Engravings, etchings, and woodcuts in the Mannerist style of outrageous extremes

Mannerist artists went to extremes in their treatment of the human body. In the years after Raphael’s death in 1520, complex poses, intricate gestures, and esoteric symbolism replaced the harmony and balance of the High Renaissance. A self-consciously “stylish” style, Mannerism was an art of extremes: elongated proportions, exaggerated postures, ultra-gracefulness, and titillating eroticism. This sophisticated and courtly style transformed printmaking as well as painting. “Elegant Contortions” displays approximately forty engravings, etchings, and chiaroscuro woodcuts from the Museum’s rich collection. The exhibition focuses on Italian printmakers, such as Giorgio Ghisi; the French (and Italian) school of Fontainebleau; and Dutch engravers, such as Hendrick Goltzius, as well as the ultimate Mannerist printmaker, Jacques Bellange of Lorraine.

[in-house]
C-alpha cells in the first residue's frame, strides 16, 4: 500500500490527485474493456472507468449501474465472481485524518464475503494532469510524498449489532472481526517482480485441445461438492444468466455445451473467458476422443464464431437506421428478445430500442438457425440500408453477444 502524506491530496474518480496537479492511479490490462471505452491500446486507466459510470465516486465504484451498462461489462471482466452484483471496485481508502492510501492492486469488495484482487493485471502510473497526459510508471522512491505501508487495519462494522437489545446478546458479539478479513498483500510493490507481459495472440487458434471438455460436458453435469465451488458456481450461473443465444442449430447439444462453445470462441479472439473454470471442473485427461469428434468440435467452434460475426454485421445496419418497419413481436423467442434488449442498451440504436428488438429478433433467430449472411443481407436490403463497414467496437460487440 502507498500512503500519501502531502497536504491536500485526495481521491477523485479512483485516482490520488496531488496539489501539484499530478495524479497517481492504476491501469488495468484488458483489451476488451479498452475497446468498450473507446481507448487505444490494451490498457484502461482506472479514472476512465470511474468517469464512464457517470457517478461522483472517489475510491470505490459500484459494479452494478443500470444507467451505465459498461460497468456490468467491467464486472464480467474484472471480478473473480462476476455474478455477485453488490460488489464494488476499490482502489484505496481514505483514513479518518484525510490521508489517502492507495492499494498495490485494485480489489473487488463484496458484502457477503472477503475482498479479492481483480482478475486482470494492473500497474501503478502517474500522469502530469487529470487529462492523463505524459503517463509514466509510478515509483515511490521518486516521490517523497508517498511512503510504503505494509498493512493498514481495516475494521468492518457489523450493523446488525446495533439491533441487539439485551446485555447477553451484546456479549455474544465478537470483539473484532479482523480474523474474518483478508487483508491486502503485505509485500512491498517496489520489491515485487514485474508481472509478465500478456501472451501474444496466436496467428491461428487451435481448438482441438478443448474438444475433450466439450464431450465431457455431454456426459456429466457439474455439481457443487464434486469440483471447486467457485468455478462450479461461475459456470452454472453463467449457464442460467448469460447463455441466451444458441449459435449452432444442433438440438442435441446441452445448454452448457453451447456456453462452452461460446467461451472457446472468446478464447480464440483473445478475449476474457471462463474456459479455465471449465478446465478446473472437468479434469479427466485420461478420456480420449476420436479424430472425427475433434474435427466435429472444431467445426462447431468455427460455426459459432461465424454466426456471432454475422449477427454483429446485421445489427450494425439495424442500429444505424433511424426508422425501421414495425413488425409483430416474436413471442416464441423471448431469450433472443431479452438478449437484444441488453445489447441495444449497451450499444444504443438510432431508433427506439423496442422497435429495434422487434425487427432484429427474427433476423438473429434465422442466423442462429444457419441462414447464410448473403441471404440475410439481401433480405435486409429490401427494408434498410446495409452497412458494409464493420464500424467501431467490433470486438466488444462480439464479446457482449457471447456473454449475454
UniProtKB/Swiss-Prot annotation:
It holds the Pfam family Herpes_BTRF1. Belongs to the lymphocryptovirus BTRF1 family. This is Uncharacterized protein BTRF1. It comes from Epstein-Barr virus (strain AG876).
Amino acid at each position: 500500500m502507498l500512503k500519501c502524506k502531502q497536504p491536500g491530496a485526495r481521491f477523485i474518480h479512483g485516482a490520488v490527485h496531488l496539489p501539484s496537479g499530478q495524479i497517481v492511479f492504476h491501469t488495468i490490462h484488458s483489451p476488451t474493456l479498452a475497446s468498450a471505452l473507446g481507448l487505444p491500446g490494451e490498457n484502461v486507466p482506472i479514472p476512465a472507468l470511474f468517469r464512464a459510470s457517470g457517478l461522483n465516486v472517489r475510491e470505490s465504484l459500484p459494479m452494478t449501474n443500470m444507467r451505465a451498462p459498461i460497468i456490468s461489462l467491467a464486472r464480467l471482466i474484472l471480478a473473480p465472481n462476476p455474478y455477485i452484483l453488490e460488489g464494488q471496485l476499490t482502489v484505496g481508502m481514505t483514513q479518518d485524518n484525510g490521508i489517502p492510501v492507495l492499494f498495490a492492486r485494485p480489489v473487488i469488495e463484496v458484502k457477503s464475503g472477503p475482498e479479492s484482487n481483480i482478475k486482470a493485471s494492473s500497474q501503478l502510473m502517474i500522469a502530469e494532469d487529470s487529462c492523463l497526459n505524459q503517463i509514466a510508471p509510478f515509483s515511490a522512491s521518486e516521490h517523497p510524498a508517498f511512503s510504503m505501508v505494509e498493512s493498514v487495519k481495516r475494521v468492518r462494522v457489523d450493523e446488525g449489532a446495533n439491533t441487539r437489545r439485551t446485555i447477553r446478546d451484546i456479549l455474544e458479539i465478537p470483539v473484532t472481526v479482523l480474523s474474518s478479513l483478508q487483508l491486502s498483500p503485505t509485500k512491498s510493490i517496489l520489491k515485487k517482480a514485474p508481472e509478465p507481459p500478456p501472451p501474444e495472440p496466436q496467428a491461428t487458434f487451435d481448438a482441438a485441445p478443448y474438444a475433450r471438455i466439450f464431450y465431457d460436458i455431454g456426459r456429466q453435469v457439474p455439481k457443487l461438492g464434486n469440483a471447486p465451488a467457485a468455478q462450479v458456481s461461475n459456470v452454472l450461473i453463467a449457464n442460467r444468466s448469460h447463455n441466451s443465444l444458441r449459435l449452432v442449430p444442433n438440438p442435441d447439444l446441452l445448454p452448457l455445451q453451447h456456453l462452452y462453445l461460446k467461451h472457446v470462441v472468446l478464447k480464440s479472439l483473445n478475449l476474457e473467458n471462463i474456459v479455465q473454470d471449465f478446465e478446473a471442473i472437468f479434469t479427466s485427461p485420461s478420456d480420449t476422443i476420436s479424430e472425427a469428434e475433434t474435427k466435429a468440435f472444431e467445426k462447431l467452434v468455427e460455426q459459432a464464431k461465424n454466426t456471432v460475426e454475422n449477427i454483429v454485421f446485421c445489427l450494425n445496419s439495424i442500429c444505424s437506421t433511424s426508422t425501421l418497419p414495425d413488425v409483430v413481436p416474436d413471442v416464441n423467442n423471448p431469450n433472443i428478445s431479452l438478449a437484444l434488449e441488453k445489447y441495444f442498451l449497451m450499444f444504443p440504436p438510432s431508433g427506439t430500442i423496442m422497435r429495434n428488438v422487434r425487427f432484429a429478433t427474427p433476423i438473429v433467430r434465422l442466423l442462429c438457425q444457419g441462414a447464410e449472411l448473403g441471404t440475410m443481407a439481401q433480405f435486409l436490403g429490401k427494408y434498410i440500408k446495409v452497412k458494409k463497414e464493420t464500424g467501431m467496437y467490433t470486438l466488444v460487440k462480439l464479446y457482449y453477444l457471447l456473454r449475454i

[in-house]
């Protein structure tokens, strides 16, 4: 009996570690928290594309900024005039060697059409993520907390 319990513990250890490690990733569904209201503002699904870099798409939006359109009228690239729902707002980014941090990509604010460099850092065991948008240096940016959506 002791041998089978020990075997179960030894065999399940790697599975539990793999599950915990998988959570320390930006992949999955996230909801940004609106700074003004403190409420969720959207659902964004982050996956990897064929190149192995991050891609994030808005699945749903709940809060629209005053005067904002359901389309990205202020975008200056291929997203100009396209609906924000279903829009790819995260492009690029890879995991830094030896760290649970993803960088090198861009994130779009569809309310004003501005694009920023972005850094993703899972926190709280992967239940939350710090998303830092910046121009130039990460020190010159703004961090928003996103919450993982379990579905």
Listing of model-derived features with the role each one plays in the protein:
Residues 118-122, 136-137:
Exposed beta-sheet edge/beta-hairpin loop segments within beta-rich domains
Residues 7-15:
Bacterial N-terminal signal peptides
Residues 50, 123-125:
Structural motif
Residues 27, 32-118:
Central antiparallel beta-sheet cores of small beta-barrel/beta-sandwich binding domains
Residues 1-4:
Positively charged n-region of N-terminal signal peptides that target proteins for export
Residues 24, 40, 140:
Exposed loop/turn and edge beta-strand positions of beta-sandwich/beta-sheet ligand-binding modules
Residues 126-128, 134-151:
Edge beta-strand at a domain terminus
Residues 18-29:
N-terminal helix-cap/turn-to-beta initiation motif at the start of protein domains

Above: Hendrick Goltzius, The Judgment of Midas, 1590 (detail). Engraving. Museum purchase with funds donated anonymously.


Presented with support from the Benjamin A. Trustman and Julia M. Trustman Fund.